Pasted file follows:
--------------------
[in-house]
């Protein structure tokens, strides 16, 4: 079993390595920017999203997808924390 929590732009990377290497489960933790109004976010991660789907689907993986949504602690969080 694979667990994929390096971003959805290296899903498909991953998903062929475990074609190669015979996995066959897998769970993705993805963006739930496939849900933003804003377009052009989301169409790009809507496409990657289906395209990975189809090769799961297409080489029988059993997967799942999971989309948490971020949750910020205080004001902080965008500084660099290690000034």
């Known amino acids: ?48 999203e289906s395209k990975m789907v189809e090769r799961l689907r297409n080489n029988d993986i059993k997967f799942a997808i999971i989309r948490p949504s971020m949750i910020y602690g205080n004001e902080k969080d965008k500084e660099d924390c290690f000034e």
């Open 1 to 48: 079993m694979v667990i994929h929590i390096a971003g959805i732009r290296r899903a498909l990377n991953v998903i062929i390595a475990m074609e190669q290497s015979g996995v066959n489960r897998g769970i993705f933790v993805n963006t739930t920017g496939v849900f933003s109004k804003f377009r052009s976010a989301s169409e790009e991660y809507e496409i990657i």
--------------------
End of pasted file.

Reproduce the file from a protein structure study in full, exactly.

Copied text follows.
[in-house]
């Protein structure tokens, strides 16, 4: 079993390595920017999203997808924390 929590732009990377290497489960933790109004976010991660789907689907993986949504602690969080 694979667990994929390096971003959805290296899903498909991953998903062929475990074609190669015979996995066959897998769970993705993805963006739930496939849900933003804003377009052009989301169409790009809507496409990657289906395209990975189809090769799961297409080489029988059993997967799942999971989309948490971020949750910020205080004001902080965008500084660099290690000034």
């Known amino acids: ?48 999203e289906s395209k990975m789907v189809e090769r799961l689907r297409n080489n029988d993986i059993k997967f799942a997808i999971i989309r948490p949504s971020m949750i910020y602690g205080n004001e902080k969080d965008k500084e660099d924390c290690f000034e």
């Open 1 to 48: 079993m694979v667990i994929h929590i390096a971003g959805i732009r290296r899903a498909l990377n991953v998903i062929i390595a475990m074609e190669q290497s015979g996995v066959n489960r897998g769970i993705f933790v993805n963006t739930t920017g496939v849900f933003s109004k804003f377009r052009s976010a989301s169409e790009e991660y809507e496409i990657i």